A gentleman called me the other day about an issue he was having with his business. He explained to me that there are four shareholders in the corporation with each having roughly the same percentage of ownership. The issue was that one of the shareholders was demanding to be bought out for a large amount of money. It did not seem like anything out of the ordinary so far until the gentleman on the other end of the line told me that the demanding partner was threatening to sabotage the business if the money was not tendered by the end of the week.
A threat by a partner to sabotage the business cannot be taken lightly. In this case, the potential saboteur was threatening, via text messages, to feed false information to a group that the business was in discussions with for a large contract. Threats were also made to “destroy company books and records.” These threats seemed counter intuitive for a person who was wanting to squeeze out as much as possible from the business, kind of like cutting off your nose to spite your face. I explained to my client that we needed to file a petition for an emergency restraining order to keep the threatening party at bay while the overall issue was resolved. A judge’s signature on the restraining order would guarantee for the offending shareholder serious repercussions should he act upon his threats.
Once we addressed the issue of threats, the conversation moved back to the amount of money that the petulant partner was demanding. The caller did not believe that 25% of the shares were worth the requested amount. I explained to him that a quick and easy way to gain perspective on this is to multiply by four the amount being demanded. This would provide a valuation of the business based upon the amount that would be tendered for 25% of the shares. Once we did the math the caller was sure that the amount demanded did not project the true value of the business.
In a small corporation a Shareholder Agreement will often contain provisions regarding how the corporation will be valued should one of the owners wish to sell his or her stock. As luck would have it, the caller’s business had no such agreement. I explained to him that we would need to hire a financial professional with experience and training in determining the value of a business – a valuation expert. These folks are able to peel back the layers of a business, identify all assets and liabilities, take a look at current and past financial statements and arrive at a figure that can be supported and defended in court if necessary. I reassured the caller that we are fortunate down here in the Valley to have a few top-notch valuation experts that could help with this issue.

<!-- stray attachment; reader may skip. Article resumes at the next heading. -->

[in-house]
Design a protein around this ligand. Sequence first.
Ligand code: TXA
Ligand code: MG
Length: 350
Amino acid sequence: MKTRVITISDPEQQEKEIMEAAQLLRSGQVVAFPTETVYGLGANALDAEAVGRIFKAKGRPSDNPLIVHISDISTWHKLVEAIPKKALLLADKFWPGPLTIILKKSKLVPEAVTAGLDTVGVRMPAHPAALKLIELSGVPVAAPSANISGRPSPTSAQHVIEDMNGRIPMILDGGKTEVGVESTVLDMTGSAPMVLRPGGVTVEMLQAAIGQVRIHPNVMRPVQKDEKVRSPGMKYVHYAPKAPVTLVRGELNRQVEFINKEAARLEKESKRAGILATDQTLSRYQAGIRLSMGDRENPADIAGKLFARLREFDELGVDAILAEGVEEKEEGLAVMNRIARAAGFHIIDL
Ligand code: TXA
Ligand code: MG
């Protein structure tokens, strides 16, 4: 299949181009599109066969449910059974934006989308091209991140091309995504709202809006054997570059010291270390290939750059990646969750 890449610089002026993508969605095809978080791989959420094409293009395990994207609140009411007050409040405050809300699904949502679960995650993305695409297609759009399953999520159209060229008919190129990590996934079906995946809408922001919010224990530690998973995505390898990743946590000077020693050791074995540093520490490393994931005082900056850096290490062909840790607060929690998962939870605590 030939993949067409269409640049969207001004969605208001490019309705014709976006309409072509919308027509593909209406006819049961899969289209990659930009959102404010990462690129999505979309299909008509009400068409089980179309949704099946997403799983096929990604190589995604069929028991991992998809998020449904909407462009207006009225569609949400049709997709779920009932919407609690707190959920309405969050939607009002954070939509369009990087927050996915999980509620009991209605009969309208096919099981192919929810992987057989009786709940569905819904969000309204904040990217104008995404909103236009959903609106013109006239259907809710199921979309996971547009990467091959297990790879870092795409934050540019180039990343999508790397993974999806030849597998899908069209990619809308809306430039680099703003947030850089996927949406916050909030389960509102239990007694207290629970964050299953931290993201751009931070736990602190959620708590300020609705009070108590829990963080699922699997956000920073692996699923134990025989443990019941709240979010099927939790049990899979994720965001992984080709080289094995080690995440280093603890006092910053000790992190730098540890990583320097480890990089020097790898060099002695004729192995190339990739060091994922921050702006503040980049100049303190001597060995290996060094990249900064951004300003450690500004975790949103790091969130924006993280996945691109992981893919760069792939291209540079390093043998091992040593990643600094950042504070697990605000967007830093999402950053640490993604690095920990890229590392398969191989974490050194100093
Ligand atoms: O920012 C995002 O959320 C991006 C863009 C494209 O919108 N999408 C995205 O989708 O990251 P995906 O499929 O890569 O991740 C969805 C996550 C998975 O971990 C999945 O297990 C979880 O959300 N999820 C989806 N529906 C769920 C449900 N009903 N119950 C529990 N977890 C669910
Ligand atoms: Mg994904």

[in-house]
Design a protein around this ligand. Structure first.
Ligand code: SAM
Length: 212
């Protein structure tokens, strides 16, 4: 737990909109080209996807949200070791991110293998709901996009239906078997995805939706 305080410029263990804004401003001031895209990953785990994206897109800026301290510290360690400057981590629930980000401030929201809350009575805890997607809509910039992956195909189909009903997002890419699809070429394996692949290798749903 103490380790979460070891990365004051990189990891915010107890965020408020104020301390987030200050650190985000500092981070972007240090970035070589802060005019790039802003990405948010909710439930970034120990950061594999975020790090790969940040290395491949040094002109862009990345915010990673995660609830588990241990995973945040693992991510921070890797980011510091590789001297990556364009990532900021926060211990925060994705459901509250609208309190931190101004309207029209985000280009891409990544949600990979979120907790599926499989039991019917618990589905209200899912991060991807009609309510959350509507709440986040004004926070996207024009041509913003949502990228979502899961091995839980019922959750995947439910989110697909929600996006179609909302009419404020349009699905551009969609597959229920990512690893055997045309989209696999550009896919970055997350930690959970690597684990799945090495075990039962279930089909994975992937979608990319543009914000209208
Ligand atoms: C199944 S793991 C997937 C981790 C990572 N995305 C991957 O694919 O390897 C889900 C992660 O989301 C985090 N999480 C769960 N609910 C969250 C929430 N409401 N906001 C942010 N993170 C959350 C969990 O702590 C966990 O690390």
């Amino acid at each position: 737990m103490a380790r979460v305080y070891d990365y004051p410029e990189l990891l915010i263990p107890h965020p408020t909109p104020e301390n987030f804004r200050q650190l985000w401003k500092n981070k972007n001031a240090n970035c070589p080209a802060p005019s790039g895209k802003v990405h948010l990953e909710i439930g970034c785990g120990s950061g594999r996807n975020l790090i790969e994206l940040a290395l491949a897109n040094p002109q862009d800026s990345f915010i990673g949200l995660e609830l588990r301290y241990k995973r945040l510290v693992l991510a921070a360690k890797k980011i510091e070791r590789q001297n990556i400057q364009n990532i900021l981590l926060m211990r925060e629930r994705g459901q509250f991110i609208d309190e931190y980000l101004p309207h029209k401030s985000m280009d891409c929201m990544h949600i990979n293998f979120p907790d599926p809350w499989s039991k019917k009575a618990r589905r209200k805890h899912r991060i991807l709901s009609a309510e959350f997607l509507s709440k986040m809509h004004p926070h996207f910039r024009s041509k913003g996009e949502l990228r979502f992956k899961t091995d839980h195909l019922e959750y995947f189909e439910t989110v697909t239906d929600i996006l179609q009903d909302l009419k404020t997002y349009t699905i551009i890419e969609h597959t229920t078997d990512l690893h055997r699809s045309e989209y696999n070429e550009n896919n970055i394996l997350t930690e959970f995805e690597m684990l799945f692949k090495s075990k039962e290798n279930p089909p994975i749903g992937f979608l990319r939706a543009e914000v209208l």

Once the financial experts have done their work and arrived at a value of the business, the caller and his partners will be in a better position to evaluate the demand and see if the requested amount of money is in line with what the business is actually worth. If it is not, a counter-offer can be made that reflects the true value of 25% of the corporation. If the selling shareholder is not happy with the amount of the counter-offer, he can take his seat at the minority-shareholder table and lament his position in the business. The reality is that if 25% of the true value of the business is not enough to get the shareholder to sell, it is unlikely that shares will be sold to a third party. The reason for this is that with it is tough to entice a third party to purchase shares and assume a minority position.
In the absence of oppression from the collective majority shareholders, a minority shareholder could find himself with little recourse in the way of selling stock in a small corporation. As a minority shareholder, however, it is never a good idea to throw a fit and make unreasonable demands that are followed by threats of sabotage. This is a guaranteed way for plans to backfire. It is best for all parties t recognize the divisive issue and take reasonable steps towards resolution.